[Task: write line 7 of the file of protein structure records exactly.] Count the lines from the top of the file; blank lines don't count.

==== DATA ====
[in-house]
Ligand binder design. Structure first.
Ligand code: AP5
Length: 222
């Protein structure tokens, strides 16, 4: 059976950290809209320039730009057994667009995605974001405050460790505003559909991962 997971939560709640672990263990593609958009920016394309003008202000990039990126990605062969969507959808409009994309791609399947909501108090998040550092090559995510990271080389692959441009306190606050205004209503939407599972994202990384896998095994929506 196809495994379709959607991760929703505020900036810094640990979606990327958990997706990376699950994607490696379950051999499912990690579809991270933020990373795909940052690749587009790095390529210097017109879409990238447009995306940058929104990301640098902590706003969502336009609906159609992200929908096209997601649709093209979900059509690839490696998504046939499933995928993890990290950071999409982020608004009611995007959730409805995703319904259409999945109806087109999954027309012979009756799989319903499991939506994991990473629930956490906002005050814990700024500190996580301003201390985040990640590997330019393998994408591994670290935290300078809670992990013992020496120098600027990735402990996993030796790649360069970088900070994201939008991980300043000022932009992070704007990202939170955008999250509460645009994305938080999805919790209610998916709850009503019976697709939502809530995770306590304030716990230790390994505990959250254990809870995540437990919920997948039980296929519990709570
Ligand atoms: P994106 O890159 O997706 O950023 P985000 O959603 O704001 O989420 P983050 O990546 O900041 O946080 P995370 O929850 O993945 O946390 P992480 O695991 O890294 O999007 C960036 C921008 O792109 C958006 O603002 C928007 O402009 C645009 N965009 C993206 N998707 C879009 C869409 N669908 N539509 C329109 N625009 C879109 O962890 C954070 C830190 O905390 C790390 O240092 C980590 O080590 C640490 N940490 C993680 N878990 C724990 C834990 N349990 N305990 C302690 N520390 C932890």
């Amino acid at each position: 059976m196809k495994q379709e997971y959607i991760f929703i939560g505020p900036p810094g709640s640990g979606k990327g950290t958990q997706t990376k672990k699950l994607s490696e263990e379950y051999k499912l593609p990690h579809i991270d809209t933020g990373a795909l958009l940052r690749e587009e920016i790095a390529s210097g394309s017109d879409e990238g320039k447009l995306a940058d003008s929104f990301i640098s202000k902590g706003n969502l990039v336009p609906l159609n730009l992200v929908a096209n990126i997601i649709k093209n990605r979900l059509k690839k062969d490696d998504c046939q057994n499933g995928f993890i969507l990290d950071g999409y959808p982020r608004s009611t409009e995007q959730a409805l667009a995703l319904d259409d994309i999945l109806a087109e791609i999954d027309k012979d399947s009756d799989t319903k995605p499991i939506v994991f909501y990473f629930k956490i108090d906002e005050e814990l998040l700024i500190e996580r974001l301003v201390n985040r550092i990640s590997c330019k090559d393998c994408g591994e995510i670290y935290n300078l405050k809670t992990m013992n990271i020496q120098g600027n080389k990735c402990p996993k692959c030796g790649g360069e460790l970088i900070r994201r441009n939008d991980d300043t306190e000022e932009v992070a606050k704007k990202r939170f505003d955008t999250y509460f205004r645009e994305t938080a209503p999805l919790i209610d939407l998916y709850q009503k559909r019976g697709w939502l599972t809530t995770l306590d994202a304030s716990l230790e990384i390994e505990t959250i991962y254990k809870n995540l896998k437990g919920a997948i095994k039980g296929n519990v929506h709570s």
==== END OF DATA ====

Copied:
């Amino acid at each position: 059976m196809k495994q379709e997971y959607i991760f929703i939560g505020p900036p810094g709640s640990g979606k990327g950290t958990q997706t990376k672990k699950l994607s490696e263990e379950y051999k499912l593609p990690h579809i991270d809209t933020g990373a795909l958009l940052r690749e587009e920016i790095a390529s210097g394309s017109d879409e990238g320039k447009l995306a940058d003008s929104f990301i640098s202000k902590g706003n969502l990039v336009p609906l159609n730009l992200v929908a096209n990126i997601i649709k093209n990605r979900l059509k690839k062969d490696d998504c046939q057994n499933g995928f993890i969507l990290d950071g999409y959808p982020r608004s009611t409009e995007q959730a409805l667009a995703l319904d259409d994309i999945l109806a087109e791609i999954d027309k012979d399947s009756d799989t319903k995605p499991i939506v994991f909501y990473f629930k956490i108090d906002e005050e814990l998040l700024i500190e996580r974001l301003v201390n985040r550092i990640s590997c330019k090559d393998c994408g591994e995510i670290y935290n300078l405050k809670t992990m013992n990271i020496q120098g600027n080389k990735c402990p996993k692959c030796g790649g360069e460790l970088i900070r994201r441009n939008d991980d300043t306190e000022e932009v992070a606050k704007k990202r939170f505003d955008t999250y509460f205004r645009e994305t938080a209503p999805l919790i209610d939407l998916y709850q009503k559909r019976g697709w939502l599972t809530t995770l306590d994202a304030s716990l230790e990384i390994e505990t959250i991962y254990k809870n995540l896998k437990g919920a997948i095994k039980g296929n519990v929506h709570s």